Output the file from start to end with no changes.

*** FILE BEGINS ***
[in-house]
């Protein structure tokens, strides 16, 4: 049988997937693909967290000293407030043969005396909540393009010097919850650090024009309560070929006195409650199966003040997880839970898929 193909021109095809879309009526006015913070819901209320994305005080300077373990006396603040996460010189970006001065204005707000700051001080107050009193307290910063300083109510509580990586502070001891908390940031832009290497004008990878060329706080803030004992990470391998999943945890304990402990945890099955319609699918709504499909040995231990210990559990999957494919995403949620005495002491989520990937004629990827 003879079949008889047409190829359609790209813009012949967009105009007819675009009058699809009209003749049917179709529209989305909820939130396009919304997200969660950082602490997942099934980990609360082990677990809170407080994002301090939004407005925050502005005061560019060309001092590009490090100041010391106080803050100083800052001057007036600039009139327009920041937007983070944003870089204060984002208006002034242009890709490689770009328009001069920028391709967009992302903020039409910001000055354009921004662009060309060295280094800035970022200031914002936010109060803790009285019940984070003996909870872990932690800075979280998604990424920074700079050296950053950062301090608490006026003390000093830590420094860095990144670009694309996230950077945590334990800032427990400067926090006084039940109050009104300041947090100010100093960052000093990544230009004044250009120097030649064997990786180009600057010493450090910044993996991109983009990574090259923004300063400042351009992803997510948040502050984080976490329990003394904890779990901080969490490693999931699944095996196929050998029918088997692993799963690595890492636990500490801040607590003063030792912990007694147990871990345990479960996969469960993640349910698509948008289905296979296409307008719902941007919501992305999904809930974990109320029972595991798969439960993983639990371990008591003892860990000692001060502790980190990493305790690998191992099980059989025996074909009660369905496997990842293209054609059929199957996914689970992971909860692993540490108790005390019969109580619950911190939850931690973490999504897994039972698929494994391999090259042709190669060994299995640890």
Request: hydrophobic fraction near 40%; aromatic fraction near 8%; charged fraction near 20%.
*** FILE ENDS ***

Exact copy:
[in-house]
């Protein structure tokens, strides 16, 4: 049988997937693909967290000293407030043969005396909540393009010097919850650090024009309560070929006195409650199966003040997880839970898929 193909021109095809879309009526006015913070819901209320994305005080300077373990006396603040996460010189970006001065204005707000700051001080107050009193307290910063300083109510509580990586502070001891908390940031832009290497004008990878060329706080803030004992990470391998999943945890304990402990945890099955319609699918709504499909040995231990210990559990999957494919995403949620005495002491989520990937004629990827 003879079949008889047409190829359609790209813009012949967009105009007819675009009058699809009209003749049917179709529209989305909820939130396009919304997200969660950082602490997942099934980990609360082990677990809170407080994002301090939004407005925050502005005061560019060309001092590009490090100041010391106080803050100083800052001057007036600039009139327009920041937007983070944003870089204060984002208006002034242009890709490689770009328009001069920028391709967009992302903020039409910001000055354009921004662009060309060295280094800035970022200031914002936010109060803790009285019940984070003996909870872990932690800075979280998604990424920074700079050296950053950062301090608490006026003390000093830590420094860095990144670009694309996230950077945590334990800032427990400067926090006084039940109050009104300041947090100010100093960052000093990544230009004044250009120097030649064997990786180009600057010493450090910044993996991109983009990574090259923004300063400042351009992803997510948040502050984080976490329990003394904890779990901080969490490693999931699944095996196929050998029918088997692993799963690595890492636990500490801040607590003063030792912990007694147990871990345990479960996969469960993640349910698509948008289905296979296409307008719902941007919501992305999904809930974990109320029972595991798969439960993983639990371990008591003892860990000692001060502790980190990493305790690998191992099980059989025996074909009660369905496997990842293209054609059929199957996914689970992971909860692993540490108790005390019969109580619950911190939850931690973490999504897994039972698929494994391999090259042709190669060994299995640890």
Request: hydrophobic fraction near 40%; aromatic fraction near 8%; charged fraction near 20%.